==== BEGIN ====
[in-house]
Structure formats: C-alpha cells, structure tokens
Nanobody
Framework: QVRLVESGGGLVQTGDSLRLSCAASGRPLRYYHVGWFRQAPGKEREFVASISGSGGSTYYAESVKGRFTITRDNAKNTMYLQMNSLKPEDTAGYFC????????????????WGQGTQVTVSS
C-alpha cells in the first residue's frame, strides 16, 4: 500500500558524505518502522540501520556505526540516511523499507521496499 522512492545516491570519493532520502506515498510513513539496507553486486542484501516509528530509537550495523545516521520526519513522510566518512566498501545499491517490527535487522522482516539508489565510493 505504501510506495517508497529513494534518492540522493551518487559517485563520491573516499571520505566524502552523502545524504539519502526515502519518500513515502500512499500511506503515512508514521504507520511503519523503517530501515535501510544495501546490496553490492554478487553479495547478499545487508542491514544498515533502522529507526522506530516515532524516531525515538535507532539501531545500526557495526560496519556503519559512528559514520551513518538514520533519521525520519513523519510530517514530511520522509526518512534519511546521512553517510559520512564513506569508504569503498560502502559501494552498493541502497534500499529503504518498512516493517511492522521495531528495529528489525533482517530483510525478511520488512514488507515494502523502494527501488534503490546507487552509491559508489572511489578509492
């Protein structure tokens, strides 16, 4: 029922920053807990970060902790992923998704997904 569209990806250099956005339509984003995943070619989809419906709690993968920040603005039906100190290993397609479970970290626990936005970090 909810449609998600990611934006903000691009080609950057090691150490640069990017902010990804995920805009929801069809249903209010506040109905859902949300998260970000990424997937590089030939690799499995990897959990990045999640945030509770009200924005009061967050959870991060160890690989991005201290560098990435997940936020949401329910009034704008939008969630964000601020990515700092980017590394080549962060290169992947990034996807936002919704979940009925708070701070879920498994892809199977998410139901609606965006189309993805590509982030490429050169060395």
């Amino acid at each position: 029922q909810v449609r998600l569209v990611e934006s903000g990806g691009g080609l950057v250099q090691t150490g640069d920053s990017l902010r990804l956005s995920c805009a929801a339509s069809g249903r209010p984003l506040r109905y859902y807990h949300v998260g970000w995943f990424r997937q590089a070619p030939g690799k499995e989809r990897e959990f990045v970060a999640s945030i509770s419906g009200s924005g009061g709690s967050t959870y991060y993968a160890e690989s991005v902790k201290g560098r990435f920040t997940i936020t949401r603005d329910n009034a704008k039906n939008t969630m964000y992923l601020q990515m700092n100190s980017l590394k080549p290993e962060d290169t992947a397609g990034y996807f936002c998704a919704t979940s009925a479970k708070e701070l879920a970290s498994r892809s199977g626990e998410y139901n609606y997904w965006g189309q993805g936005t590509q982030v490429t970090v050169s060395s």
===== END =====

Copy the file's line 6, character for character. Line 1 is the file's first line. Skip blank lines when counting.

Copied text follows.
């Protein structure tokens, strides 16, 4: 029922920053807990970060902790992923998704997904 569209990806250099956005339509984003995943070619989809419906709690993968920040603005039906100190290993397609479970970290626990936005970090 909810449609998600990611934006903000691009080609950057090691150490640069990017902010990804995920805009929801069809249903209010506040109905859902949300998260970000990424997937590089030939690799499995990897959990990045999640945030509770009200924005009061967050959870991060160890690989991005201290560098990435997940936020949401329910009034704008939008969630964000601020990515700092980017590394080549962060290169992947990034996807936002919704979940009925708070701070879920498994892809199977998410139901609606965006189309993805590509982030490429050169060395």